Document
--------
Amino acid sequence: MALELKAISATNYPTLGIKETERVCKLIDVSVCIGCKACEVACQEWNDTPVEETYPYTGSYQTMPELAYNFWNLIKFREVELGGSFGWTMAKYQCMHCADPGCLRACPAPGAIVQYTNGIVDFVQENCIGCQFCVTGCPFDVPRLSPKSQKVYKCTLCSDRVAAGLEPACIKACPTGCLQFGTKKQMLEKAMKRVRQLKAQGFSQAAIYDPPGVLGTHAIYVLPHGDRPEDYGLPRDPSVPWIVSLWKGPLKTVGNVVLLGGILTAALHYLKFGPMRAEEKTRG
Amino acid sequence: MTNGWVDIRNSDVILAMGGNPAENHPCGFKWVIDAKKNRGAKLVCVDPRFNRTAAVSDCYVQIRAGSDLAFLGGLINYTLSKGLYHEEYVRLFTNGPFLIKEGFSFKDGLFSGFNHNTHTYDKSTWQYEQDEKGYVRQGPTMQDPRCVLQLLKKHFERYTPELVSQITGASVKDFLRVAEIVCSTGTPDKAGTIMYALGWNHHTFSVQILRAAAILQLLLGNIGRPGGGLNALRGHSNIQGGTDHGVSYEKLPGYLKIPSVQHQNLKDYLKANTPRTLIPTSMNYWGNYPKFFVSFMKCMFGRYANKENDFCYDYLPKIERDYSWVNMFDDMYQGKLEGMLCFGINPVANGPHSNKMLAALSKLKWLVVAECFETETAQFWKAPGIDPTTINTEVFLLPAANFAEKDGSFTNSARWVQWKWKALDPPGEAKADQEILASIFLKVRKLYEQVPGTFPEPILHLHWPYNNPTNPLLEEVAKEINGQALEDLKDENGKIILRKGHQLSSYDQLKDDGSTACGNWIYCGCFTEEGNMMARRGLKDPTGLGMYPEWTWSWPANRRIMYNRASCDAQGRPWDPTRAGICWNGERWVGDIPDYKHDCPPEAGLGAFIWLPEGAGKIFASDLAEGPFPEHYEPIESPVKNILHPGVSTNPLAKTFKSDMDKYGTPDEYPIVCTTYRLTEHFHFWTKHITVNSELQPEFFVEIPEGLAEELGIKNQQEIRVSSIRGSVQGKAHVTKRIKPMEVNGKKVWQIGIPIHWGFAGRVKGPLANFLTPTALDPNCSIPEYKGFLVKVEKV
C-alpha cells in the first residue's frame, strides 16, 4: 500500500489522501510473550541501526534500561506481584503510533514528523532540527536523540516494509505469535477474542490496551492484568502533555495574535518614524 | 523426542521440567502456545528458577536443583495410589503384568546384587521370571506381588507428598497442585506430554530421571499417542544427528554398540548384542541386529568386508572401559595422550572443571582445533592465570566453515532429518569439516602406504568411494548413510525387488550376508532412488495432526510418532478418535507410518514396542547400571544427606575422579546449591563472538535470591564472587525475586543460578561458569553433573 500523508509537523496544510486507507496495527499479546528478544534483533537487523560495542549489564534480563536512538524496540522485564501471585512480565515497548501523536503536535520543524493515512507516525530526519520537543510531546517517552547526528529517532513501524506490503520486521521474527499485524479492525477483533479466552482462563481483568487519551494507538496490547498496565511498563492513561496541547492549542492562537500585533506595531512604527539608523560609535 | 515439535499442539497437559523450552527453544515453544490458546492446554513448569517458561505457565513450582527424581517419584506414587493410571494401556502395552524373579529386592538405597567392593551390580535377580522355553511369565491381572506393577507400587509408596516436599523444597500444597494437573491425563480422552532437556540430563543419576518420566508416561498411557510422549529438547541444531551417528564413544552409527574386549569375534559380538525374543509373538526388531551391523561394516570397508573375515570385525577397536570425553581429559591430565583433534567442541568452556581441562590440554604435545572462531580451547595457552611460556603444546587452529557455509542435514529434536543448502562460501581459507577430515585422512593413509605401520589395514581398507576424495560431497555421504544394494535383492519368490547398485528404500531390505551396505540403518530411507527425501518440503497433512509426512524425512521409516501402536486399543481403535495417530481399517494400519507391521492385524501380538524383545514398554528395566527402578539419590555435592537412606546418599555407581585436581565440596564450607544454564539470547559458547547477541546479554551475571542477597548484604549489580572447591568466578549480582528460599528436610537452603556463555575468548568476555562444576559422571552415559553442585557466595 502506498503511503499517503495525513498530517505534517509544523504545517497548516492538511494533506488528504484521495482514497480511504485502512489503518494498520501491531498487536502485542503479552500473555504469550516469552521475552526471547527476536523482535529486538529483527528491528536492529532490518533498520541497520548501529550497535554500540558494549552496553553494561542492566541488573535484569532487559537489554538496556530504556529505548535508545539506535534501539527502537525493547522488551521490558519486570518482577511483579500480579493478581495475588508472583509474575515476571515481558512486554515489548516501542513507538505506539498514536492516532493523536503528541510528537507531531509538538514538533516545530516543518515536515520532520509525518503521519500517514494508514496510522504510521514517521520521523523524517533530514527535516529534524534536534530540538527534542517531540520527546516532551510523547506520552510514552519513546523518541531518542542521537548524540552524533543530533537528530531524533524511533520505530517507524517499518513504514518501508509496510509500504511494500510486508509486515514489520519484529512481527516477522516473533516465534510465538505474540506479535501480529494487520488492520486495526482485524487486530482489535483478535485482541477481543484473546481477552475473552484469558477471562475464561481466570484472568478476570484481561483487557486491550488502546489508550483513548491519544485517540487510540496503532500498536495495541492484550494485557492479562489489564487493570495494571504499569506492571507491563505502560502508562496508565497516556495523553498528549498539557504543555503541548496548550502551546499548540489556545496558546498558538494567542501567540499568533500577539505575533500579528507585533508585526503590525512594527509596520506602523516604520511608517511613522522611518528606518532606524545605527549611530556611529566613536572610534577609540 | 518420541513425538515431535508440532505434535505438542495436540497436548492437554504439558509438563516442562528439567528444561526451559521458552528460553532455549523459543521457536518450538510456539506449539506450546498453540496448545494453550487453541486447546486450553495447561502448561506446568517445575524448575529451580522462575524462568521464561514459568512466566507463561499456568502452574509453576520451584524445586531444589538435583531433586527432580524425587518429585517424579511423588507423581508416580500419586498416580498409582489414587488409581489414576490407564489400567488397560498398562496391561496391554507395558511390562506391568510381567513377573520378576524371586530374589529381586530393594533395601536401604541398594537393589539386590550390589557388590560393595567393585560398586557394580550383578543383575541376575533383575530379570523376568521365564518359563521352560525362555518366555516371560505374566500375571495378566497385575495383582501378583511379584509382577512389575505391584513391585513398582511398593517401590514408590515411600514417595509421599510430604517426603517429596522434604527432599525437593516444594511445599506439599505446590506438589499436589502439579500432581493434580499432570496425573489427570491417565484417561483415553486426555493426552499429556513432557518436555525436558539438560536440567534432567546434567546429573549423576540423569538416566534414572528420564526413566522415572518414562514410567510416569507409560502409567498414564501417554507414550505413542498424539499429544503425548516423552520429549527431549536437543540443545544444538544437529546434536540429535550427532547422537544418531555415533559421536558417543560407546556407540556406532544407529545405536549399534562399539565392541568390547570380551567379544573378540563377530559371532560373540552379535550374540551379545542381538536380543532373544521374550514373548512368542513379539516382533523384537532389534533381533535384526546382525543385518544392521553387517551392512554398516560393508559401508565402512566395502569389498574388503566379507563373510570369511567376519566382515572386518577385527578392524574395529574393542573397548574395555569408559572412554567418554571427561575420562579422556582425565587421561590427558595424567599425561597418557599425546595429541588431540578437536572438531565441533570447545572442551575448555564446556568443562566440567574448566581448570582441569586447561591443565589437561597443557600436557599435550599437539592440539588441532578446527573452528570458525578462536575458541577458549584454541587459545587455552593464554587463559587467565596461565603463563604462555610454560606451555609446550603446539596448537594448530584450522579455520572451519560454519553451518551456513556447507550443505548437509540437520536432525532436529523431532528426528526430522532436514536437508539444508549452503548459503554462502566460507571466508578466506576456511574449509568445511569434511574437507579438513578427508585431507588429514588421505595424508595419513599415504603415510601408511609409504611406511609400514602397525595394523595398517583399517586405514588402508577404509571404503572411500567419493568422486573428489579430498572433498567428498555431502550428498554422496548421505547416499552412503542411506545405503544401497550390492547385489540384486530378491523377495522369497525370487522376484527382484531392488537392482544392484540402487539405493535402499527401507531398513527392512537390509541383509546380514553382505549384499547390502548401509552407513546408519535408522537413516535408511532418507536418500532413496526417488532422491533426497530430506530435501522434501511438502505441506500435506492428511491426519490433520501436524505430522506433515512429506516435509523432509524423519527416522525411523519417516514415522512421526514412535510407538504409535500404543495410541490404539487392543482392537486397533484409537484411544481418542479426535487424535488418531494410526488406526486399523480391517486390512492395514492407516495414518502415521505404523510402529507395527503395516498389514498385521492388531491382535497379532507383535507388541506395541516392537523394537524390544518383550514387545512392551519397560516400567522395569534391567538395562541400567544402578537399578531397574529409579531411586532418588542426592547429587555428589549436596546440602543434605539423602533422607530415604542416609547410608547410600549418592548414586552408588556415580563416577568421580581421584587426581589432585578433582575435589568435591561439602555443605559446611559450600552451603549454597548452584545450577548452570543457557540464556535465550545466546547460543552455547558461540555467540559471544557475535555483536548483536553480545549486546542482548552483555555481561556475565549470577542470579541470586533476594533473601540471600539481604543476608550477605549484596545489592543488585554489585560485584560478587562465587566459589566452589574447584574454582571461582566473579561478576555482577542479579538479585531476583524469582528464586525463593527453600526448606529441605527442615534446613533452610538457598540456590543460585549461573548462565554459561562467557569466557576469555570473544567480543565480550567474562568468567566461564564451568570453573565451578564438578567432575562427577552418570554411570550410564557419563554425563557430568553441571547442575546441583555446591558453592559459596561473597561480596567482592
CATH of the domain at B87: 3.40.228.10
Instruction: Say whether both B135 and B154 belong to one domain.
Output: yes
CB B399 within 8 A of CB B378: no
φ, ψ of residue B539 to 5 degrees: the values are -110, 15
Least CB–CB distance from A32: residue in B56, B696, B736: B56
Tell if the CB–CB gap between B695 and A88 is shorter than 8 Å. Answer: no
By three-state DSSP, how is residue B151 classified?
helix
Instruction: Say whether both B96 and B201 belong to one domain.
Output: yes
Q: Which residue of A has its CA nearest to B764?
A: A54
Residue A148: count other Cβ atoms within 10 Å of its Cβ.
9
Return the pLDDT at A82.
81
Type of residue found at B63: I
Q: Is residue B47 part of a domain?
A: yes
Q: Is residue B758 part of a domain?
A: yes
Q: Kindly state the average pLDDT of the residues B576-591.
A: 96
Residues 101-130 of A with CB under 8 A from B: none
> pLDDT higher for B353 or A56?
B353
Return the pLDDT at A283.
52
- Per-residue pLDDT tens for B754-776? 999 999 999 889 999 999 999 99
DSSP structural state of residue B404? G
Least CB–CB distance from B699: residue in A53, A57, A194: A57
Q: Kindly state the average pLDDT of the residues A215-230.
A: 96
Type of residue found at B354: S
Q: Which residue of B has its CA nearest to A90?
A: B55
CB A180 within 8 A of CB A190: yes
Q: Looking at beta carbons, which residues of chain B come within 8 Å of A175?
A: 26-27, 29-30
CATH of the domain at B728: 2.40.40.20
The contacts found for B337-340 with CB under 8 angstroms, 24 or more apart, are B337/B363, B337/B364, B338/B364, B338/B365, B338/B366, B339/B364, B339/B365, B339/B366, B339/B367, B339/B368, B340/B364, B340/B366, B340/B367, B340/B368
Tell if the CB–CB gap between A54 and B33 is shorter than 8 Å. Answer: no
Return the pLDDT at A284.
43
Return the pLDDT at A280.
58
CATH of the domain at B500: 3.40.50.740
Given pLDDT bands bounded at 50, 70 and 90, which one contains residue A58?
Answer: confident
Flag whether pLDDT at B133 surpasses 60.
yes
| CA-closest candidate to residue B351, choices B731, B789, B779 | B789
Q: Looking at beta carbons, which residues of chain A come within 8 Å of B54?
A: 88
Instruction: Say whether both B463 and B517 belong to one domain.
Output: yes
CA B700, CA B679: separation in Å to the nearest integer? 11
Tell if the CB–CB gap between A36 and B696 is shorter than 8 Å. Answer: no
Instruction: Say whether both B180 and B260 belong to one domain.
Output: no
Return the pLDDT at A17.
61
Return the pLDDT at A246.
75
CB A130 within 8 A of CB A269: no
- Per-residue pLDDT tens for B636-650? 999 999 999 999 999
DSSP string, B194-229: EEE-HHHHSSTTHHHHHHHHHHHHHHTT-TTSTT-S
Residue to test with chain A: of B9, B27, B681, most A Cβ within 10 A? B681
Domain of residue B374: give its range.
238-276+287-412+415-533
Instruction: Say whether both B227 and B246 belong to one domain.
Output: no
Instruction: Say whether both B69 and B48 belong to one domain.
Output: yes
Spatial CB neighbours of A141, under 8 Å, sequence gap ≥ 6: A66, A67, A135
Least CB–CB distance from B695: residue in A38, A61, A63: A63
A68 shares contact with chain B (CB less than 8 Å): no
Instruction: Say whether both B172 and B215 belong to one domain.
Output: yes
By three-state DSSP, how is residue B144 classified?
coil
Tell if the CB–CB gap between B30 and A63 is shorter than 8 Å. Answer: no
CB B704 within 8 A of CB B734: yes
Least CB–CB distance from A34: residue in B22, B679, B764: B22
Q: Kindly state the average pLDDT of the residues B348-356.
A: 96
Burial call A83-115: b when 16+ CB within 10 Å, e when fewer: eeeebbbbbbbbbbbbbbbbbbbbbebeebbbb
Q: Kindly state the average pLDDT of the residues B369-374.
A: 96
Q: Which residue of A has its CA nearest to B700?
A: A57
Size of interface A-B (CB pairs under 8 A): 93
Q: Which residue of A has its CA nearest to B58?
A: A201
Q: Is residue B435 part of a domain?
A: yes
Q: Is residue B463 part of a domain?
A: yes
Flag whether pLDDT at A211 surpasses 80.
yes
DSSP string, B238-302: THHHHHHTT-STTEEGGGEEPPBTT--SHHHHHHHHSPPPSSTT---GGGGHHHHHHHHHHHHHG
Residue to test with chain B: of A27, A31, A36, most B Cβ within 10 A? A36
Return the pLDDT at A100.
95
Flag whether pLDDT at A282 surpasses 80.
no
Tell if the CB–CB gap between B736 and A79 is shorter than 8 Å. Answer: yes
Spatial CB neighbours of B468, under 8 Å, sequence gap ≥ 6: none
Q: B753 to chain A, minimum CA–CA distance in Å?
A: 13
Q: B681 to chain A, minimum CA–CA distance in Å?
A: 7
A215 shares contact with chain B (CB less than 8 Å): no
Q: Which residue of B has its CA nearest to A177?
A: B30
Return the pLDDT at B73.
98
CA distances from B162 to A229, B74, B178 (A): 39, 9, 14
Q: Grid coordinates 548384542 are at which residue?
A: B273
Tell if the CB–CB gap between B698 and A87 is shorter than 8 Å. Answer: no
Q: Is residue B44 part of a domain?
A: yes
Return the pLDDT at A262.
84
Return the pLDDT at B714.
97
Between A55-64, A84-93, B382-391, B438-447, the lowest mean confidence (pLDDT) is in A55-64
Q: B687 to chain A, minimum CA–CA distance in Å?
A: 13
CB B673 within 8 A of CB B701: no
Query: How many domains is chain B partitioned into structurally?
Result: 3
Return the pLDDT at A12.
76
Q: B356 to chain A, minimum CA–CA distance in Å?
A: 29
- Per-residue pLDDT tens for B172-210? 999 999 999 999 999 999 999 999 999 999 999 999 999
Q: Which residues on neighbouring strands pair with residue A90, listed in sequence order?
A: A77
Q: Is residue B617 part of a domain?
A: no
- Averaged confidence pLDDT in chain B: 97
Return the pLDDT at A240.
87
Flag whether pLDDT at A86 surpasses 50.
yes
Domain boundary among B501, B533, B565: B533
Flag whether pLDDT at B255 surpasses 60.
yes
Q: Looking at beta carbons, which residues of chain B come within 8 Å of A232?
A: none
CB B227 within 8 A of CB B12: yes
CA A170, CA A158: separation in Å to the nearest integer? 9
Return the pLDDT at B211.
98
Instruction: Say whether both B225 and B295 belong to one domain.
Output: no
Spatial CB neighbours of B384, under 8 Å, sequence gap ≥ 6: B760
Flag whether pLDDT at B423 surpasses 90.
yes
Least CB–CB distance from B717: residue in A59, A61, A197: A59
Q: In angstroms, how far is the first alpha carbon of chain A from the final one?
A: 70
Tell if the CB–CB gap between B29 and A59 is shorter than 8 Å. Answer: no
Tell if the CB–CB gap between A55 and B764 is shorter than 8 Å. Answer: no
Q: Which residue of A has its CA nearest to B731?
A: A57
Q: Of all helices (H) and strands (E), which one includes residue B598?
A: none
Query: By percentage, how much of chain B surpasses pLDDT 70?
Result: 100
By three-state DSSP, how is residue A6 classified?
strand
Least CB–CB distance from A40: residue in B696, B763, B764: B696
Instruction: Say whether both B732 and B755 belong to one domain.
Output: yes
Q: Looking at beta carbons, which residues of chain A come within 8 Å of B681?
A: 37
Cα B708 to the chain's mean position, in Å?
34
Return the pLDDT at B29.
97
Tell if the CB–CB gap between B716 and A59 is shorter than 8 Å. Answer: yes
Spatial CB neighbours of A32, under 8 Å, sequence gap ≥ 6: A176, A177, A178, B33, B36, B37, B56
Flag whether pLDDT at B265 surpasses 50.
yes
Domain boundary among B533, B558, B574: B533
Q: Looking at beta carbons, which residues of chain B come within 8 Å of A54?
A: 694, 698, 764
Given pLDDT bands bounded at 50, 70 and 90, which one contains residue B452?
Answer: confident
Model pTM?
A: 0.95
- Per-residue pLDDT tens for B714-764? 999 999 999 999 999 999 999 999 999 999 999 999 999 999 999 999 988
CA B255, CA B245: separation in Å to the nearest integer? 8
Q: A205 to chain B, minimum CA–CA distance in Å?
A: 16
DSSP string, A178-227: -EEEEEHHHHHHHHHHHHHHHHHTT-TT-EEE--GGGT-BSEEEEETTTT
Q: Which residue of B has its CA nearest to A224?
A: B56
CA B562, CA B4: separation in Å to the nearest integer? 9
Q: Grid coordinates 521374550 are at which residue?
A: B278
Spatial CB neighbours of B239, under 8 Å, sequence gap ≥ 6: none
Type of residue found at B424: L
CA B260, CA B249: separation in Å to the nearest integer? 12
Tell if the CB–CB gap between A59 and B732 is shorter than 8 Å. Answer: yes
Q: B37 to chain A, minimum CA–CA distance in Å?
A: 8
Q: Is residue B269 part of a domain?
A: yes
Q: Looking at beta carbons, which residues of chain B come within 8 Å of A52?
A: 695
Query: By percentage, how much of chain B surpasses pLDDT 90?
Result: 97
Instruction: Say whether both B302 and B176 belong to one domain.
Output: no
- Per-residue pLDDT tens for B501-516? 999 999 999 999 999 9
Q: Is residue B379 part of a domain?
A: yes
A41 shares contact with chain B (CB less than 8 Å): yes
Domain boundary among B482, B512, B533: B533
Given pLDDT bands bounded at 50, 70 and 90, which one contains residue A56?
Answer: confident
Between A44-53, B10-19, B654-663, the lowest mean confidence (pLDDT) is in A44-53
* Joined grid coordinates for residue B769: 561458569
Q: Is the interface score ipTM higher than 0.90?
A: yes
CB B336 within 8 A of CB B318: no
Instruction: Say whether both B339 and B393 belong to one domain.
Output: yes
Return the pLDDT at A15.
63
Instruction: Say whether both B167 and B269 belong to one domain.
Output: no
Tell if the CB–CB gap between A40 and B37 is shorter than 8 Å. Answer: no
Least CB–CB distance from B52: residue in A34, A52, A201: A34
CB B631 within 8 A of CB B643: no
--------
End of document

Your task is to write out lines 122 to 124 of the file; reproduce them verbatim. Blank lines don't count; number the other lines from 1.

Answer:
CA distances from B162 to A229, B74, B178 (A): 39, 9, 14
Q: Grid coordinates 548384542 are at which residue?
A: B273